Aspect

rogersgeorge on November 23rd, 2016

This is a grammar lesson of sorts. In school, you were not taught something about verbs because English doesn’t formalize it, but it’s important in several other languages, particularly Slavic languages and Hebrew (which is where I first learned about this).

The something is called Aspect.

Aspect is hard for me to define but it has something to do with tense, but not exactly. Tense is where in time you place something. “I run” is the simple present tense; it happens now. “I ran” is the simple past tense, it happened in the past. But what about “I am running” and “I was running”? We call these progressive tenses, but the difference between these and the simple past and present is aspect.

Let’s think about the simple present. It can refer to the future, sort of. “Click the × in the upper right corner. The window closes.” This is using the present tense of close to indicate that something is customary. This customariness is an aspect.

In high school, my favorite English teacher, Mrs. Baird taught us to conjugate verbs, and she had one form that included the helping verb “to be about to.” So we had “I am about to run.” I don’t remember what she called this form, and I have searched all over for it and can’t find it in a conjugation anywhere. Maybe it had something to do with her study of Sanskrit. Anyway, this seems to be another use of aspect.

Why am I writing about this rather abstruse subject? Well, for a while I was studying Greek and Hebrew at the same time, and it occurred to me that Greek verbs showed aspect, even though this was never mentioned in class. Then recently I ran into a scholarly article about aspect in Greek verbs! It’s so scholarly I won’t even link to the article, though if you want to take a look at it, email me and I’ll send you a pdf. To give you an idea what you would be in for, here are two sentences:

For the sake of simplicity this chapter focuses primarily on perfective and imperfective aspects, concerning which there is the most consensus among New Testament scholars, and on the indicative mood. However, it will be suggested that a time-relational approach also offers potential for explaining the aspect of the perfect and pluperfect tenses, and that of the future tense in the nonindicative moods.

So now you can say you know something about English that almost nobody else knows!

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Getting verbs right part 2

rogersgeorge on February 12th, 2012

First, a little linguistics lesson. If you want, you can skip to the last two paragraphs.

These folks haven't discovered the joys of linguistics yet

Hebrew doesn’t have tenses the way English does. Hebrew has aspect. Aspect has to do with whether what the verb describes is over with or not. The perfective aspect translates pretty easily into our simple past (He ran). After all, if an action is over with, it’s in the past, right? And the imperfective aspect goes pretty well with our  present progressive (He is running). (Greek has a past tense called the aorist that has this perfective aspect, equivalent to our simple past; and an imperfective past tense equivalent to our past progressive, “He was running.”) Here are a few examples:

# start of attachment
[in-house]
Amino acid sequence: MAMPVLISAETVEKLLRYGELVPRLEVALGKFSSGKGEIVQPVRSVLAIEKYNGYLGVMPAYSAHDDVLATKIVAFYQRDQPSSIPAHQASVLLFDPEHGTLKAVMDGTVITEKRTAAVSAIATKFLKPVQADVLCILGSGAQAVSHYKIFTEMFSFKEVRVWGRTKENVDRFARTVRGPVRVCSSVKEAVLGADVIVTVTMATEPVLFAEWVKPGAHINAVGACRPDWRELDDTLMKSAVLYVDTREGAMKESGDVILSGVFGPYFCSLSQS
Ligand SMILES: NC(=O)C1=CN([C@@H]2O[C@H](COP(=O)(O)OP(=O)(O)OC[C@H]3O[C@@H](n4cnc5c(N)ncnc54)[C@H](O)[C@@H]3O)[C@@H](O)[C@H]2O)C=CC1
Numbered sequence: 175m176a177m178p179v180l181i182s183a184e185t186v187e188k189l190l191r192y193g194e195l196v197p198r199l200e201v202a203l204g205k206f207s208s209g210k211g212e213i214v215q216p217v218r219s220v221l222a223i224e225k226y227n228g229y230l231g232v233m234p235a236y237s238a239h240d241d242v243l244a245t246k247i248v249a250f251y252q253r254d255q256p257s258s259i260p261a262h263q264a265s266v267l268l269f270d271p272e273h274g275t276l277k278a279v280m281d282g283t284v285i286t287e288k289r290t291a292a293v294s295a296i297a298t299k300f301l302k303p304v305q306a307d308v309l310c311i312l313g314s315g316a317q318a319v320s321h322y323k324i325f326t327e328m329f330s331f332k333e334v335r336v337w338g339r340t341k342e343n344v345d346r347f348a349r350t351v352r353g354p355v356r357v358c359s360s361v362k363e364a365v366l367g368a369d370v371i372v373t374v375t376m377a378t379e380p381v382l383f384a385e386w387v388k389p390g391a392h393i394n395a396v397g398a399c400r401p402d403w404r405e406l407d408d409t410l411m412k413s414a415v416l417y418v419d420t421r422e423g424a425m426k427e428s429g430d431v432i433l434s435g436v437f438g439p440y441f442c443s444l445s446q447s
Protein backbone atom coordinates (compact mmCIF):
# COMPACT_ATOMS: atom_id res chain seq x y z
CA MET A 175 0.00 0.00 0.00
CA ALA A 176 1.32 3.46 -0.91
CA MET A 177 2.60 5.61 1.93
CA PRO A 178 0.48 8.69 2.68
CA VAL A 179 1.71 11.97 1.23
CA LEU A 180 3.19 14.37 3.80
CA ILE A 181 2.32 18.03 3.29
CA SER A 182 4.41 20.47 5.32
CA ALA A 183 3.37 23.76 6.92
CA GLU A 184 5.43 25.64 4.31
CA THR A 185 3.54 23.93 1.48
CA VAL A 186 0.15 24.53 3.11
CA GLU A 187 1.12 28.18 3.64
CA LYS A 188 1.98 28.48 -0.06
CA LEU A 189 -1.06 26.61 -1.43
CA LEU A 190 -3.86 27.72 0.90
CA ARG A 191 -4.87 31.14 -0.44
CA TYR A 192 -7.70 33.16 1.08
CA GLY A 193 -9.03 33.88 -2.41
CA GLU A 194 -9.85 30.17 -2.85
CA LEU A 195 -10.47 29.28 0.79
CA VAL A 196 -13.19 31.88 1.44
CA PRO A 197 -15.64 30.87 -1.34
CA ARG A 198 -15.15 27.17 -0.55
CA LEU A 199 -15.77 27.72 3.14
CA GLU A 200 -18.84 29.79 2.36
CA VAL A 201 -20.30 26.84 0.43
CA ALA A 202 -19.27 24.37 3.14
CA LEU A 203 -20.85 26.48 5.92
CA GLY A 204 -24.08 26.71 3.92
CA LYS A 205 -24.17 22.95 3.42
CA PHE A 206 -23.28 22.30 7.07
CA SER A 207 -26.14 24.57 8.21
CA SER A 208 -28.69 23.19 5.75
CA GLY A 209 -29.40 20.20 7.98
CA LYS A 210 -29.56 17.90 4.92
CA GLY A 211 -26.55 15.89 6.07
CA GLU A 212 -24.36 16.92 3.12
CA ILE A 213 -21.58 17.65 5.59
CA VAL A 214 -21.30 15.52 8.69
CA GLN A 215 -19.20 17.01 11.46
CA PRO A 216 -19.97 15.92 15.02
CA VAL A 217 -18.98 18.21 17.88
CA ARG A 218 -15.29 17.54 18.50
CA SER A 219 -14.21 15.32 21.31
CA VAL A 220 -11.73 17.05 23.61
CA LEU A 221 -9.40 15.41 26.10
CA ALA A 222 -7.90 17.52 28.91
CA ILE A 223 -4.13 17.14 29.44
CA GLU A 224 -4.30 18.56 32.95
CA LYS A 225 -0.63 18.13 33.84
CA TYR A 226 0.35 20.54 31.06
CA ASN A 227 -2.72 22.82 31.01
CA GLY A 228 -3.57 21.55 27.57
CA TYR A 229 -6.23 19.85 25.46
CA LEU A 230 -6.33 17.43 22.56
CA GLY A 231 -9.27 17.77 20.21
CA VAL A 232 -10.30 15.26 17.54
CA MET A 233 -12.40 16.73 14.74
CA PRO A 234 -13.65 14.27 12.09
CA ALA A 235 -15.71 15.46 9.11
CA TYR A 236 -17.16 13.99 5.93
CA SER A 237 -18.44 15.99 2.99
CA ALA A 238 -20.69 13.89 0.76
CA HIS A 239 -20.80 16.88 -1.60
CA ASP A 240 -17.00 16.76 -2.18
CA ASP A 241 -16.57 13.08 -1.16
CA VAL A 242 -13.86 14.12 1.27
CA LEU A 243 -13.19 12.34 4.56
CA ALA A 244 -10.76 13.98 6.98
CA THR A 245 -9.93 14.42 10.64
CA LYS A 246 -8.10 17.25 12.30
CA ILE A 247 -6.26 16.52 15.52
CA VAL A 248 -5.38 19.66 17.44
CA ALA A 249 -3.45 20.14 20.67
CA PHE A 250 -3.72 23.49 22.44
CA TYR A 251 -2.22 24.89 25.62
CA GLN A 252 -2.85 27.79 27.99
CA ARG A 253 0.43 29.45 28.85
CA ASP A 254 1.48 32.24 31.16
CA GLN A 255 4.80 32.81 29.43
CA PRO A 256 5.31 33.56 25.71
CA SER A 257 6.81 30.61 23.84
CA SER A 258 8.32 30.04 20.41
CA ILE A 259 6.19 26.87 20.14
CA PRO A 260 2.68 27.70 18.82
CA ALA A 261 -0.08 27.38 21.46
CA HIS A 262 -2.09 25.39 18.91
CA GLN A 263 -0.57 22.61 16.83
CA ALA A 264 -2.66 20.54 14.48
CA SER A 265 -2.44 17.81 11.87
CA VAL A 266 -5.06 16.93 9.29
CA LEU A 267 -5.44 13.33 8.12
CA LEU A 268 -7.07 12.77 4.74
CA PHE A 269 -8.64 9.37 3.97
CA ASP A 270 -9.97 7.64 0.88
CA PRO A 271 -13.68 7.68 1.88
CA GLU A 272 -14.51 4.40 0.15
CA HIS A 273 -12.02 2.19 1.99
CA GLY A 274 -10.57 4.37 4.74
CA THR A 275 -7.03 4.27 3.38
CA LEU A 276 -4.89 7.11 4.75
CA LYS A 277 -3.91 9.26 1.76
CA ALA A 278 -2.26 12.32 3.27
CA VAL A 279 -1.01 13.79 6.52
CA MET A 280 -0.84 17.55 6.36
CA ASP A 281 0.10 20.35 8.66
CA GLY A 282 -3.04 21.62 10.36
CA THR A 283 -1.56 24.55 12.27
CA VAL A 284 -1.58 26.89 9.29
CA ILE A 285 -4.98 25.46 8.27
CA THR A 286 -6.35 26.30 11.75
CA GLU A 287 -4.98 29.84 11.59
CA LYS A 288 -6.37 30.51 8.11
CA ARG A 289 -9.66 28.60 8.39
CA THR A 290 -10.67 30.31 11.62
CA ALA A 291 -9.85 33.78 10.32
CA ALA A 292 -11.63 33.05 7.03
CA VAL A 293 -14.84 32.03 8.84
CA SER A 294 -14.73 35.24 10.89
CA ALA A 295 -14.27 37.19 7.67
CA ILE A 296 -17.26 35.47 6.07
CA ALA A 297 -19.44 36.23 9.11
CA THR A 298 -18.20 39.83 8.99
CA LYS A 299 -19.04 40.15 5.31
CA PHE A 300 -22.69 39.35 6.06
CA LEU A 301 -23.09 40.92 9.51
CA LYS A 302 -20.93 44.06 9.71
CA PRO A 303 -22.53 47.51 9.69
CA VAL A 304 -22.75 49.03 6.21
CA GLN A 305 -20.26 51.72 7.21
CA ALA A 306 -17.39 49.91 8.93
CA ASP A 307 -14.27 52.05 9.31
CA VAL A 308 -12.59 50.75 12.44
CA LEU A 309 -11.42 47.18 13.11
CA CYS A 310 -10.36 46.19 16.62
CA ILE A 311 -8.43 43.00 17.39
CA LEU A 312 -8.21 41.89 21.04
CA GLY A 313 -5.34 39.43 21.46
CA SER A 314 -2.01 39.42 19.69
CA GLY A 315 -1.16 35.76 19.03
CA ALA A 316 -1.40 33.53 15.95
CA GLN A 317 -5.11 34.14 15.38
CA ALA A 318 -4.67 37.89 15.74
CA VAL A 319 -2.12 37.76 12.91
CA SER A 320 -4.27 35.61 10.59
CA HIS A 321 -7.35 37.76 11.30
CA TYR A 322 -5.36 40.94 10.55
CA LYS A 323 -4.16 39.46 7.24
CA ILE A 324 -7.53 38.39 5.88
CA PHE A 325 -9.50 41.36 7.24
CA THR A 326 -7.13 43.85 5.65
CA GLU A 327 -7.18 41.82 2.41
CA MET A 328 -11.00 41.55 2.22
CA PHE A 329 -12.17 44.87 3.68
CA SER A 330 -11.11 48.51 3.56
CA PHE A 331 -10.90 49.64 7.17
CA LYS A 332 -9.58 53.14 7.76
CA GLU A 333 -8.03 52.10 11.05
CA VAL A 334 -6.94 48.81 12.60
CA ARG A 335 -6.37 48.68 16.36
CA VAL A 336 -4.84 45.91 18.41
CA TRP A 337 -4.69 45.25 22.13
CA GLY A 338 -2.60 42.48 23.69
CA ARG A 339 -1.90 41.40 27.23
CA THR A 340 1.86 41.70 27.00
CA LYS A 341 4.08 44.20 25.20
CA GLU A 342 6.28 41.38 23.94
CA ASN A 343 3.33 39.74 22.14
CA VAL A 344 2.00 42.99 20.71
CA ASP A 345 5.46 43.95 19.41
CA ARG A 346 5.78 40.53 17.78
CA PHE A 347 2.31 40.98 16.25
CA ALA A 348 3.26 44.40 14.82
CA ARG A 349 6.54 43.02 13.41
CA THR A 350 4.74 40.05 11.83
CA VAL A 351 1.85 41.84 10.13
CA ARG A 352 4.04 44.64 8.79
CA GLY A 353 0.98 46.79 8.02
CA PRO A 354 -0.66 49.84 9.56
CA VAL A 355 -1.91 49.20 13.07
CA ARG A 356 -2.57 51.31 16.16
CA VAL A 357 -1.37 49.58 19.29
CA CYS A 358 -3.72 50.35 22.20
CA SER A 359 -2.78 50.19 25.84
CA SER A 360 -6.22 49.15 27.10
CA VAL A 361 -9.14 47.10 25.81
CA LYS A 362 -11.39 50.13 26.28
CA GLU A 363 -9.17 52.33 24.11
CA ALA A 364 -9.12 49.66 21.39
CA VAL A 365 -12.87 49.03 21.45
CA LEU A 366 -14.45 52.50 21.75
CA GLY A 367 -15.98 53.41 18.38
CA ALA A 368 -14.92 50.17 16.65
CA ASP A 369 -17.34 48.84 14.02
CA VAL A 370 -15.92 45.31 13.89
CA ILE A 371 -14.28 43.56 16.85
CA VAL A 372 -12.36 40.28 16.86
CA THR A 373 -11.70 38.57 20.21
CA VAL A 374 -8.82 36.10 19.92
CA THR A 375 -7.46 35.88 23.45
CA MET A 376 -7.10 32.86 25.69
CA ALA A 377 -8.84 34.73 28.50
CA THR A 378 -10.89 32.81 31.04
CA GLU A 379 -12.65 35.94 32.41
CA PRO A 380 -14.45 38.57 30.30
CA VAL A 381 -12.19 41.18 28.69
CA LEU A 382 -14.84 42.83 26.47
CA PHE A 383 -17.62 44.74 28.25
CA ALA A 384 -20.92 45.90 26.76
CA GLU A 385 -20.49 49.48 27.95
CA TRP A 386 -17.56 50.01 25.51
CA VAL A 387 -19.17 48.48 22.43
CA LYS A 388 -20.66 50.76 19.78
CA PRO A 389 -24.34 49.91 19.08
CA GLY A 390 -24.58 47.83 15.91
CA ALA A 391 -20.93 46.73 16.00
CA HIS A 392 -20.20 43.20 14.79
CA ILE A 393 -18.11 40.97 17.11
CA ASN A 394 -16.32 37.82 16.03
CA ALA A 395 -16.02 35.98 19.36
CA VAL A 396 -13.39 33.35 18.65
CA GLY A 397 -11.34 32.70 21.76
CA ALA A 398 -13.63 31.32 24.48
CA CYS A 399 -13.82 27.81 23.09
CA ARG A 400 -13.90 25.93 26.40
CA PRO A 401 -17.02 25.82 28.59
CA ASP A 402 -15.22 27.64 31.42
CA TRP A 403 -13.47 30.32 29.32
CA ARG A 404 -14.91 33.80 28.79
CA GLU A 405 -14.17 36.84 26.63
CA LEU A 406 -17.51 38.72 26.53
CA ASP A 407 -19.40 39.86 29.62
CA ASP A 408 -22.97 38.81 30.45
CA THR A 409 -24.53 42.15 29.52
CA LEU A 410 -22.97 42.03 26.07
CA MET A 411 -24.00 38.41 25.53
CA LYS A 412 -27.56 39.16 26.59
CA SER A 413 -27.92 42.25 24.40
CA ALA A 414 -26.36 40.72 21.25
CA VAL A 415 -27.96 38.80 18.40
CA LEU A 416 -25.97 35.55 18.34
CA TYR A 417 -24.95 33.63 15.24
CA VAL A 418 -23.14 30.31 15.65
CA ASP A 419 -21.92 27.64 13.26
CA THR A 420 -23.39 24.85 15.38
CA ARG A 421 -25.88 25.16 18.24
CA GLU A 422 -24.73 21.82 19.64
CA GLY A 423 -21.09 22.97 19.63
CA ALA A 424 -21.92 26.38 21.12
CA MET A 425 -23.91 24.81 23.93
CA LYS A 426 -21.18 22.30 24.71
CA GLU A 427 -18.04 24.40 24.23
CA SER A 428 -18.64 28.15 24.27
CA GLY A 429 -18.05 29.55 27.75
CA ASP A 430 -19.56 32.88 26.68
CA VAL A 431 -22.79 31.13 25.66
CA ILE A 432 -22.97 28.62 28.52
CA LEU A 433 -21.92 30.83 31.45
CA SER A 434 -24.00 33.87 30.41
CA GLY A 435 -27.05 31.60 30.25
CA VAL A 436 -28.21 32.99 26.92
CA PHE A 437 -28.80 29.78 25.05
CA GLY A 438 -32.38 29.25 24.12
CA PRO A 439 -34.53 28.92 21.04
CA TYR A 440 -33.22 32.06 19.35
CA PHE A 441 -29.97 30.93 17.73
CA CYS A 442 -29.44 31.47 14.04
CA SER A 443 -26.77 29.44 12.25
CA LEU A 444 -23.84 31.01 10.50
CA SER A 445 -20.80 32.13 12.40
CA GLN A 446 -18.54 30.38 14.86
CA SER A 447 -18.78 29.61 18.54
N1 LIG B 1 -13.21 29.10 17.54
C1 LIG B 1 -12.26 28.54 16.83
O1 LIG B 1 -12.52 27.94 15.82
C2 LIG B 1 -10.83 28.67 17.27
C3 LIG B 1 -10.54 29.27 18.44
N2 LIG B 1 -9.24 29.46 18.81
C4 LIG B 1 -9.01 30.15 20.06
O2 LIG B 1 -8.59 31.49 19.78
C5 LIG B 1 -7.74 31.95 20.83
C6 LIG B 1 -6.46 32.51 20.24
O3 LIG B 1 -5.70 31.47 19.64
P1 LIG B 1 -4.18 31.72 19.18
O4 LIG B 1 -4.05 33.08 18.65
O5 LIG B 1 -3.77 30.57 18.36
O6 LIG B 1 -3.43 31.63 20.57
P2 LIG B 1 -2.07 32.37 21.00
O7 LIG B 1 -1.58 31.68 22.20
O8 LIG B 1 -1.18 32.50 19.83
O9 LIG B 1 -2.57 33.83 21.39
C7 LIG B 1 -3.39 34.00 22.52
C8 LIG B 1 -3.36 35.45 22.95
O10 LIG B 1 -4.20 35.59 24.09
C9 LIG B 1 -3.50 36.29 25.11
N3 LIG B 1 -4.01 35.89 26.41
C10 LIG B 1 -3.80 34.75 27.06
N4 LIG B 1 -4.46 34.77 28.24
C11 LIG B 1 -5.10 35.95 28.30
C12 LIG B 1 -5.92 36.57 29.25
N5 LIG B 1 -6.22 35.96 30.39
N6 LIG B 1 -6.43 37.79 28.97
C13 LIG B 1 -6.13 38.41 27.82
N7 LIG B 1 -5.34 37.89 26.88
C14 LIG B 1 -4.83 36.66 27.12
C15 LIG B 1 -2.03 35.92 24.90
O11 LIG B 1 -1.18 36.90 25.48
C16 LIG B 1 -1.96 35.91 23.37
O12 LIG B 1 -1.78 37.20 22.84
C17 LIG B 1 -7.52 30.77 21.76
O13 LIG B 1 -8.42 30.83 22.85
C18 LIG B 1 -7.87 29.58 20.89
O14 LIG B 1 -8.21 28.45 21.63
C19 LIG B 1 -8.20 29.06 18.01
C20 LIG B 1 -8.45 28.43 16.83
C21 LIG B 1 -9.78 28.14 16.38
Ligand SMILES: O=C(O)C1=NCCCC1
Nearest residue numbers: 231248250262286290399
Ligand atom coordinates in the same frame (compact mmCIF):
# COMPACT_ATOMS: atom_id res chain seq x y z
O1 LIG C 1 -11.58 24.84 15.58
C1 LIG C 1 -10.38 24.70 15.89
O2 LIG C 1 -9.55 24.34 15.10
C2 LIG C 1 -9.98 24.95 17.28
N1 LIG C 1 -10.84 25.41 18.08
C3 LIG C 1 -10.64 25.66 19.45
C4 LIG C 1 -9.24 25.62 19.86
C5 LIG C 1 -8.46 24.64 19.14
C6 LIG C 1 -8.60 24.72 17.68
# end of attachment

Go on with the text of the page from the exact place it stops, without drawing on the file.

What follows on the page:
Hebrew: katal—English: he killed. Hebrew: okal (pronounced okayl)—English: he is eating.  Hebrew doesn’t have a way to say “he eats.” (As far as I know, but we translate it that way a lot.)

We have aspect in English, too but we don’t usually call it that—partly, I suppose, because we have some verb forms that don’t quite fit. Some of our verb forms do, though. Our simple past fits into the perfective aspect, too. And the progressive tenses are all imperfective regardless of when they happen. I am running and I was running are both imperfective.

All that to introduce today’s lesson, how to use the past perfect and present perfect tenses, which show both aspects!

The last two paragraphs:

1. The past perfect says that something was done and then ended in the past.

He had entertained thoughts of being the winner until he saw the score.

The trick to using the past perfect is you need to make some indication of when the deed ended, not just when it happened. In this case, it’s the phrase “until he saw the score.” Here’s the rule: if you don’t state or clearly imply when the deed ended, use the simple past. For example, “Yesterday he entertained thoughts of winning.” You’re saying when he did it, but not when he stopped. Simple past. Let’s turn the rule around: If you use the past perfect, indicate when the deed ended.

2. The present perfect means that something began in the past and continues until now.

He has entertained thoughts of winning ever since he began training. Also: Ever since he began training, he has entertained thoughts of winning.

The trick with the present perfect is that you need to indicate when the deed started. In this case, it’s the phrase “ever since he started training.” If you don’t give an indication of when it started, consider rewriting your sentence.

I won’t get into the perfect progressive tenses, which emphasize the imperfective aspect even more. (“He has been entertaining” and “He had been entertaining,” if you’re curious.)

And we’ll save the future perfect for a future post.